1. When I saw The French Connection during its fall release in 1971 I had just completed my second year as a Miami Police Officer. The movie was a huge hit with all my young colleagues as was Dirty Harry, released a few months later. Popeye Doyle and Harry Callahan’s methods sat just fine with us back then. They were taking care of the bad guys. To the liberal media, they were fascists who stomped on civil rights. I still do not agree with some of the critics, but can see the lack of social skills and humanity easier today. Being from New York, I could really identify with the story and setting of The French Connection. As a matter of fact, I lived about 50 feet from the el train where Popeye shot the French sniper, just two more stops down the line.

    I guess after hundreds of episodes of NYPD Blue, Law and Order and a few other TV series, people viewing The French Connection today may not appreciate how innovative it was. William Friedkin keeps the movie moving forward, while spending the time on some lengthy surveillance scenes – all done very authentically. I really liked the two pronged approach to the story. I felt for a freezing Popeye eating a cold slice of pizza while Frog 1 and Frog 2 dined on escargot and chateaubriand across 1st Avenue from him.

    Gene Hackman was terrific. I’m glad stuck to his California accent and didn’t try to force a New York one. Listening to the real Eddie Egan, it would have been hard. I’m not sure Hackman ever changed his voice much in any of his roles. Hackman was about the eighth choice behind Peter Boyle, James Caan, Paul Newman, Steve McQueen, Lee Marvin, Jackie Gleason and Jimmy Breslin. It made him a star.

    I have about a fifteen year collection of Mad Magazines from the mid-sixties to about 1980. I keep them mostly for their great movie satires. For 1971 they spoofed A Clockwork Orange (A Crockwork Lemon), Fiddler on the Roof (Fiddler Made a Goof) and The French Connection, which they cleverly retitled What’s the Connection? They consistently bring up scenes that don’t seem to make much sense such as the one where Popeye and Buddy stop by an extremely gory accident scene just to get chewed out by their boss. (“Oh, wow! Who was killed? Cockeye? Birdie? Someone vital to the plot? Naw! It’s just that there’s been no violence for nearly 90 seconds so we stuck in this plain old bloody, gory, disgusting car wreck! Yeah, but what’s the connection?") They also find Frog 1’s escape from an island and about a hundred cops pretty hard to fathom. One scene that I had some issues with was the sniper shooting at Popeye just as he is next to a woman with a baby carriage. Couldn’t he have waited another five seconds? I guess it was more motivation for Popeye to shoot him in the back later on. Friedkin has said that the movie was made in the editing room. Perhaps an over-simplification, but it was easily the best edited movie of the year.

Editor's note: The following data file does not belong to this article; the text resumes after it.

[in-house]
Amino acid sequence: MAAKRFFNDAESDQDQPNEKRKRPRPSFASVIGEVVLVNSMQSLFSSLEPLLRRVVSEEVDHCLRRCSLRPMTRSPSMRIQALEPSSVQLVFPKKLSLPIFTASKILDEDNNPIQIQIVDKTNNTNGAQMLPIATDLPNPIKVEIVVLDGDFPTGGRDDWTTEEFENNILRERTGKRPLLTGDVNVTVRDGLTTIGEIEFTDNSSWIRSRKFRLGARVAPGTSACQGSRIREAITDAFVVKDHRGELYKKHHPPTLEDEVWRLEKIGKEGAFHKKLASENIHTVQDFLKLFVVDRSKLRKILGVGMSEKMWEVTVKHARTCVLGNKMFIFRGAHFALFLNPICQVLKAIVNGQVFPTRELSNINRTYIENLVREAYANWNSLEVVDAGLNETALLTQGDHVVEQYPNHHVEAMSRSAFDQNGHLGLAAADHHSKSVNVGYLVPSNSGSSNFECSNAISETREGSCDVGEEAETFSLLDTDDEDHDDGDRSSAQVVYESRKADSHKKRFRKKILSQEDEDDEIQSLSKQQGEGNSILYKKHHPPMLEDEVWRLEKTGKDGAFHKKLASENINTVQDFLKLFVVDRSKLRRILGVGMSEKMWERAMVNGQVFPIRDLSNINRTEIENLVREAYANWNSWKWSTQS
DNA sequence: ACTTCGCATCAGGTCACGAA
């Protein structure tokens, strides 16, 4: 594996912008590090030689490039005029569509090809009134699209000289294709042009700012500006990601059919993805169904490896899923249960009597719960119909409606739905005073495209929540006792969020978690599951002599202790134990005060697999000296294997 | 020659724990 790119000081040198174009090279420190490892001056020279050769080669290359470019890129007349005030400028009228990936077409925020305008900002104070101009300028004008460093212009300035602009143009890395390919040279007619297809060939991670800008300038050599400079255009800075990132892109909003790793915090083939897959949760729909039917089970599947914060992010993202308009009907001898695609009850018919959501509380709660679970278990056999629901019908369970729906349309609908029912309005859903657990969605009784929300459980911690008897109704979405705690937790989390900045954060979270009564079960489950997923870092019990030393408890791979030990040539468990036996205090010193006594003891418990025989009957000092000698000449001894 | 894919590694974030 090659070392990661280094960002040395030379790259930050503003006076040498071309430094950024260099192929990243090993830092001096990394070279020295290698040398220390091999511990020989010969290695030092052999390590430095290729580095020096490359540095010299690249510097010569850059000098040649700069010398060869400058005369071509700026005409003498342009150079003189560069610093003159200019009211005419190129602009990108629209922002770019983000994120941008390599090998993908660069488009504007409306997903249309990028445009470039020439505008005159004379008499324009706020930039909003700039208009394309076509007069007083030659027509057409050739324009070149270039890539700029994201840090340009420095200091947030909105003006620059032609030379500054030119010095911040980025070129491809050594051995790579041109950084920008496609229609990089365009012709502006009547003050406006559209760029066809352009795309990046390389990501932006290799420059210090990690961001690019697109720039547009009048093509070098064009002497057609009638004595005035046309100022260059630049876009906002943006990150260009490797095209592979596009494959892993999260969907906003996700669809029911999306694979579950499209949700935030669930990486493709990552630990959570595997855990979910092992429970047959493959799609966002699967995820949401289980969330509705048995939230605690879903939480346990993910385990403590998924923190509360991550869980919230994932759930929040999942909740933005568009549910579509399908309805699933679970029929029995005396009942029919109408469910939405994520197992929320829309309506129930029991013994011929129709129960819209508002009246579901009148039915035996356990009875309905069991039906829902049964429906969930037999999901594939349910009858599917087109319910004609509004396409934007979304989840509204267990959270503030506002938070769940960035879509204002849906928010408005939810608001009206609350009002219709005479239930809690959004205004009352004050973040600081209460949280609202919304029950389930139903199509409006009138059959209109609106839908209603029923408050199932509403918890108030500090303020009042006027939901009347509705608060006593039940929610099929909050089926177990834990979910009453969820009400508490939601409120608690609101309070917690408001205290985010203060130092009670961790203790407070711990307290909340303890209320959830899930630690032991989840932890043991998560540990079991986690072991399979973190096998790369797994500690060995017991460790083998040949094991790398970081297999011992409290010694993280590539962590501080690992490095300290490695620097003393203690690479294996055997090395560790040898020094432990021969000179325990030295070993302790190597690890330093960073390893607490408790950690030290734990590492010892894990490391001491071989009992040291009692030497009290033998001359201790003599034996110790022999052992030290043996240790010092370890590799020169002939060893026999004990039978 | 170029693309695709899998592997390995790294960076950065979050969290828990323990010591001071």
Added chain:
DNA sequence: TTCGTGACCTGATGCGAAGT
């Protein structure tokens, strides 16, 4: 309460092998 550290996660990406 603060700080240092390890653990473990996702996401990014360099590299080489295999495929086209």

It was nice to see another police themed movie win Best Picture after In the Heat of the Night broke the ice a few years earlier.